Deciding on a treatment plan that prioritizes your overall well-being while achieving treatment goals is important. You may need to seek a second opinion or travel to other cities for more mesothelioma treatment options.

Chemotherapy Treatments

Chemotherapy treatment utilizes cancer drugs to limit the growth of cells. Cytotoxic chemical substances either kill the cancer cells or prevent them from dividing. However, these chemicals harm both cancerous and healthy cells. Chemotherapy can also be used in conjunction with other treatments such as radiation and surgery.

Types of Mesothelioma

There are four primary types of mesothelioma, which are classified based on the location and type of mesothelial cells affected:

  • Pleural Mesothelioma: This is the most common type of mesothelioma, accounting for about 75% of cases. It develops in the lining of the lungs and chest cavity and can cause chest pain, difficulty breathing, and other respiratory symptoms.
  • Peritoneal Mesothelioma: This type of mesothelioma affects the lining of the abdomen and can cause abdominal pain, swelling, and digestive problems.
  • Pericardial Mesothelioma: This rare form of mesothelioma affects the lining of the heart and can cause chest pain, heart palpitations, and other cardiac symptoms.
  • Testicular Mesothelioma: This is the rarest form of mesothelioma and affects the lining of the testicles.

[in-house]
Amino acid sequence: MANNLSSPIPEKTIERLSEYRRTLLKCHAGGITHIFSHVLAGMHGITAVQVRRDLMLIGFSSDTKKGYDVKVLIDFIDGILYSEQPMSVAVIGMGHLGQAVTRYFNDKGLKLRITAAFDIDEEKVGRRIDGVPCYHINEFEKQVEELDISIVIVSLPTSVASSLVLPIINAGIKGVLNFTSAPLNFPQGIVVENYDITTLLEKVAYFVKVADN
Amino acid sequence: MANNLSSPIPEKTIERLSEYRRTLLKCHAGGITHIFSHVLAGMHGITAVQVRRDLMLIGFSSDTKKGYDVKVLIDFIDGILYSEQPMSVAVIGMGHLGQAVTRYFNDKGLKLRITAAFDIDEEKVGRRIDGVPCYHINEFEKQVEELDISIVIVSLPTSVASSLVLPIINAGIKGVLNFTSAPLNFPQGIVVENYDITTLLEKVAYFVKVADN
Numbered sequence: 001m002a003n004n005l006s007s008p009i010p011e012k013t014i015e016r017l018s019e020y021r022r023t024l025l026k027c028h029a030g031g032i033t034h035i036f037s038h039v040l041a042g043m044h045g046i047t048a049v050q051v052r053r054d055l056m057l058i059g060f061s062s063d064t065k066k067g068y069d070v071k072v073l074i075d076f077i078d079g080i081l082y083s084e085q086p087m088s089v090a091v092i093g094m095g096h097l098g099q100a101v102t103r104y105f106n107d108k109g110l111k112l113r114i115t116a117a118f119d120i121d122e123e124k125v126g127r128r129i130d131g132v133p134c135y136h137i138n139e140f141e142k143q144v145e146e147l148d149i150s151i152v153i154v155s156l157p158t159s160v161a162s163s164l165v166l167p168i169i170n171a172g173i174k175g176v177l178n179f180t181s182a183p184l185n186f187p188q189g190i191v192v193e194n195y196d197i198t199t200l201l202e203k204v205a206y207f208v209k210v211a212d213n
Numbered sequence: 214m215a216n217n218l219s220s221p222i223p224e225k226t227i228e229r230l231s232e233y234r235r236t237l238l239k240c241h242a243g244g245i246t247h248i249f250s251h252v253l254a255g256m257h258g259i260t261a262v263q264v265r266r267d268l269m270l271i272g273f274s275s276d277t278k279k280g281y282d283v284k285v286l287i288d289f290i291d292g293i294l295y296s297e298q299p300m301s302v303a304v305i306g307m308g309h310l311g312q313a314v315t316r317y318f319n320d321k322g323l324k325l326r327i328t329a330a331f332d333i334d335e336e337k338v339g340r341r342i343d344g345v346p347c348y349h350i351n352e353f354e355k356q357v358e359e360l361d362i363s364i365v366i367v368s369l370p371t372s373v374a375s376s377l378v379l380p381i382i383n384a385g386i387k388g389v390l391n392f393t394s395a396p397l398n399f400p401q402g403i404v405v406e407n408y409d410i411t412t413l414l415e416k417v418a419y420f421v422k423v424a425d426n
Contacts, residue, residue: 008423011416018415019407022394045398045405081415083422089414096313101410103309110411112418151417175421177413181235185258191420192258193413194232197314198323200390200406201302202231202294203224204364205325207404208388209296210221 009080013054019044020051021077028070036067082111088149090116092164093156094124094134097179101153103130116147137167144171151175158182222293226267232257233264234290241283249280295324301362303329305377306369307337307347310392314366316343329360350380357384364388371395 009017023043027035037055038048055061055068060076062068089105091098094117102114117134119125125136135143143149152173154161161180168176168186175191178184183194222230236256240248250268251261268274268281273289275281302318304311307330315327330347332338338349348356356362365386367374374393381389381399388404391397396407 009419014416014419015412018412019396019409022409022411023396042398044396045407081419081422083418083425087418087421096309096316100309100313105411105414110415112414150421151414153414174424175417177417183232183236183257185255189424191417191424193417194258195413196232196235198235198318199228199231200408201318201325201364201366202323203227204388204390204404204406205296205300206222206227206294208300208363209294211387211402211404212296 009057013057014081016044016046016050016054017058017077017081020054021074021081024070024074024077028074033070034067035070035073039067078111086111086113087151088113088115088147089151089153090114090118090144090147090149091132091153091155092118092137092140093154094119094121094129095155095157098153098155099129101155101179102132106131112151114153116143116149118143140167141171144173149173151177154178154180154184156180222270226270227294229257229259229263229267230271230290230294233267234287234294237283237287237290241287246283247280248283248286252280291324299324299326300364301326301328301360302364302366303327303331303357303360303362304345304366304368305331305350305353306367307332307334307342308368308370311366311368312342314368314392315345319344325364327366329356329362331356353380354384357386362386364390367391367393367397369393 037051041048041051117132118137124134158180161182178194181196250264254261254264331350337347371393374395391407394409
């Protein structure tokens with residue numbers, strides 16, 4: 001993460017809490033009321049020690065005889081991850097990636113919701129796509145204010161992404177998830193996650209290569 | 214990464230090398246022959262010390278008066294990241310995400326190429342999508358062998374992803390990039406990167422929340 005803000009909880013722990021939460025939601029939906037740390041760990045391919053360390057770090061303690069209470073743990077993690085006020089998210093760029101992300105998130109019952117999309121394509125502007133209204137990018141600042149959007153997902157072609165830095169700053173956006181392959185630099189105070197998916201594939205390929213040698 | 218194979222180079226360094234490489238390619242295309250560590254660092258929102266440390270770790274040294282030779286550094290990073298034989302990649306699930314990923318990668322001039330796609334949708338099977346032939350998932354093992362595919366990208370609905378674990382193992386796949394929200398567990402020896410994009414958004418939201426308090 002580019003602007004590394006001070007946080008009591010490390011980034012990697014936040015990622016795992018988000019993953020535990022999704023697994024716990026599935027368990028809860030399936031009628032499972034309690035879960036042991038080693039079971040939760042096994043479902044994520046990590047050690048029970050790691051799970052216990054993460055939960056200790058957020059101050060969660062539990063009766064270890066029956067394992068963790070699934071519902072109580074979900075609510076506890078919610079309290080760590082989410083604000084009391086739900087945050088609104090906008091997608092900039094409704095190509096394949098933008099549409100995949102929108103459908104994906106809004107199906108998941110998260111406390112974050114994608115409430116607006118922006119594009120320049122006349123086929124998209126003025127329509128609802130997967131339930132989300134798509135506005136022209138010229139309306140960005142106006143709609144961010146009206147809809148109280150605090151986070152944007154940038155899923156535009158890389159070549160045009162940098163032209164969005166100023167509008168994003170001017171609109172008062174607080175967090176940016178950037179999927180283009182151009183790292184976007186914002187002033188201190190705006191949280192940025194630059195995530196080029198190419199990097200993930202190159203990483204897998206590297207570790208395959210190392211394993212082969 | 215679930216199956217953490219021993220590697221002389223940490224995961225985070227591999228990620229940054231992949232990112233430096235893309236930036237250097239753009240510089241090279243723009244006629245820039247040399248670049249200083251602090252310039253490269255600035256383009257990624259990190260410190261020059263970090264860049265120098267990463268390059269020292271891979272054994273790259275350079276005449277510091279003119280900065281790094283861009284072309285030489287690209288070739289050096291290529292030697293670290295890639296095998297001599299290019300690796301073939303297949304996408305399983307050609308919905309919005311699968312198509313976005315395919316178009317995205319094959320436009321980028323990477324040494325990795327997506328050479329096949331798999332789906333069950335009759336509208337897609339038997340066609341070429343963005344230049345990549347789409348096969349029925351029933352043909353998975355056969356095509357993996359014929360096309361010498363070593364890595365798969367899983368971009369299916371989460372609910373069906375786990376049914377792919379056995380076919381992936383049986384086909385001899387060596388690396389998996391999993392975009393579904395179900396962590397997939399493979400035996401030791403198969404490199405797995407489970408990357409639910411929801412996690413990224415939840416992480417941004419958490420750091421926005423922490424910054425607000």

Causes of Mesothelioma

The primary cause of mesothelioma is exposure to asbestos, which can occur through inhalation or ingestion of asbestos fibers. When these fibers enter the body, they can become lodged in the mesothelial tissue and cause inflammation and scarring over time, which can lead to the development of cancer.

Other risk factors for mesothelioma include:

  • Age: Mesothelioma typically affects people over the age of 65, although it can develop in younger individuals as well.
  • Gender: Men are more likely to develop mesothelioma than women, likely due to higher rates of occupational exposure to asbestos.
  • Genetics: Some studies suggest that certain genetic mutations may increase the risk of developing mesothelioma.

Symptoms of Mesothelioma

The symptoms of mesothelioma can vary depending on the type and stage of cancer, but may include:

  • Chest pain or tightness
  • Shortness of breath or difficulty breathing
  • Persistent cough or wheezing
  • Fatigue or weakness
  • Abdominal pain or swelling
  • Nausea or vomiting
  • Unexplained weight loss

It is important to note that these symptoms can also be caused by other conditions, so it is important to see a doctor if you experience any of these symptoms, especially if you have a history of asbestos exposure.